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Authors: Kimberly Stedronsky

Below Unforgiven


Below Unforgiven by Kimberly Stedronsky

Text Copyright © 2013 by Kimberly Stedronsky


Editing and Interior Design by
Drive Around Publishing

Cover Design by
Najla Qamber Designs

All rights reserved. Except as permitted under the U.S. Copyright Act of 1976, no part of this publication may be reproduced, distributed, or transmitted in any form or by any means, or stored in a database or retrieval system, without the prior written permission of the author.

First Electronic Edition: December 2013

First Paperback Edition: December 2013

Below Unforgiven is a satire by Kimberly Stedronsky, and is not intended maliciously. Kimberly Stedronsky has invented all names and situations in her stories, except in cases when public figures are being satirized. Any other use of real names is accidental and coincidental, or used as a fictional depiction or personality parody.






























Nine ½ Weeks


“I’m so cute. Matthew, look at me,” I turned in the mirror, grinning, running my fingers over my protruding stomach. My skin was stretched, taut, and my belly button poked out like a tiny, nautical knot.

“I can’t look anywhere else,” he smiled, slipping in behind me and wrapping his arms around my middle. I sighed and fell back against his chest. He gathered my long, dark hair to one side, dropping a kiss to the crown of my head. The strands were almost black in the winter months, but lightened to more of an auburn brown in the sunshine.

“How was class today?”

He smirked into my hair. “Fun. I did a pull-up contest in the doorway with one of my students.”

Laughing, I rolled my eyes. “And?”

He grinned. “She beat me.”

“Beat by a third grade girl,” I tsked, pinching his strong upper arms. He winced, and I delivered a playful punch. “I’ll bet the other teachers were excited to see that.”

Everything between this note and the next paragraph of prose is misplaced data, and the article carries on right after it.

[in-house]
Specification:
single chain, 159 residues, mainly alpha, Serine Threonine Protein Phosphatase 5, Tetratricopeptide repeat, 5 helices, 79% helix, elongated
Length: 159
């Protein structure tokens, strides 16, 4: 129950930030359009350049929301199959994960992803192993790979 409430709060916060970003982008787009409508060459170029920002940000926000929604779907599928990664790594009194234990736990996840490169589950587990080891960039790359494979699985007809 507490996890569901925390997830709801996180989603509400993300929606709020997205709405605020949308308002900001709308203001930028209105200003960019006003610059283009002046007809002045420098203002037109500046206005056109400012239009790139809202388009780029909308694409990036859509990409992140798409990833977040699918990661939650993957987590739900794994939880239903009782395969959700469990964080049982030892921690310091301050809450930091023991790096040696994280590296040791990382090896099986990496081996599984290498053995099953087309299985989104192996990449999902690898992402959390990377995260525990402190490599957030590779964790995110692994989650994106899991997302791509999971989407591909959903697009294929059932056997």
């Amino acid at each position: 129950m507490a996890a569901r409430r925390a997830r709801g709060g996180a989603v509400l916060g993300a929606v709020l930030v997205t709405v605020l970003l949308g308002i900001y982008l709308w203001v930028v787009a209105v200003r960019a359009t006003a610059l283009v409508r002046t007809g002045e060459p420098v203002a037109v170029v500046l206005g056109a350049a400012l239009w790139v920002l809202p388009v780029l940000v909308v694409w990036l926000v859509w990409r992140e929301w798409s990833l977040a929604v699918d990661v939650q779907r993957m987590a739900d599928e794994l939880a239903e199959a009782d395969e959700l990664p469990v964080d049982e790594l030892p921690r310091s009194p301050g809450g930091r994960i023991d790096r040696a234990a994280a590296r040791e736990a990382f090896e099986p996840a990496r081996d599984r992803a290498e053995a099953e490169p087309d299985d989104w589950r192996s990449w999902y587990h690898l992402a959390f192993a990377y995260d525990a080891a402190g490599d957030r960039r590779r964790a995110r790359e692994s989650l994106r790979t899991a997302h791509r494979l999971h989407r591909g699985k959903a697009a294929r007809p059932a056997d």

“I let her win.” He cupped my chin in his hand, tilting my face up for a kiss. “How’s the headache, beauty?”

I stiffened. “Hurts. But I’m so freaking gorgeous, staring at my own reflection helps distract me.”

“You are freaking gorgeous. And I’m taking you to the doctor tomorrow.”


“Vivian, please don’t argue.”

“That’s just going to be another
. Another hundred bucks to check my blood pressure and watch me stand on a scale. I’m fine. Pregnant women get headaches. Google it.”

“I did Google it. And you’re only nineteen.”

“I’m almost twenty. And shush.” I tapped his lips with my finger before turning, making my inelegant way down the wooden staircase of his small bungalow. I knew that he was right behind me, ready to catch me if I started to fall.

“Your mom called again. I saw her missed call on your phone downstairs.”

“Probably giving me last minute numbers for clinics that do third trimester abortions.”

“Ah, Viv. Stop it. Give her a break, she regrets trying to push you.”

I cringed at a low pain in my abdomen, and though I tried to hide it, Matthew noticed immediately. He wrapped his arm around me, leading me to the couch.

“I’m fine.”

“Your hands are swollen.” He sat next to me, curling his fingers in mine. “I saw your ring by the sink.”

“A diamond like that doesn’t belong on Vienna sausage fingers.”

“Ten seconds ago you were gorgeous,” he chided.

“Hi, I’m your fiancé, Vivian. You must not have met me, I’m an overly-dramatic actress,” I murmured, sarcastic. “Hand me my phone, please.”

He did, and I listened to my mother’s bossy voicemail as he scanned the muted television channels. As my mother’s voice serrated my ears, I almost wished that I’d never started speaking to her again.

“What’s going on?”

“She wants me to go to a bridal show next weekend. Does she forget that I’m about to pop her out a grandson in about five minutes?”

He chuckled. “You still have nine-and a half-weeks to go. She wants you married before our baby’s here. You know that. Put your feet up.” He patted his thighs, and I moved awkwardly to the end of the couch to prop my ankles on his jeans.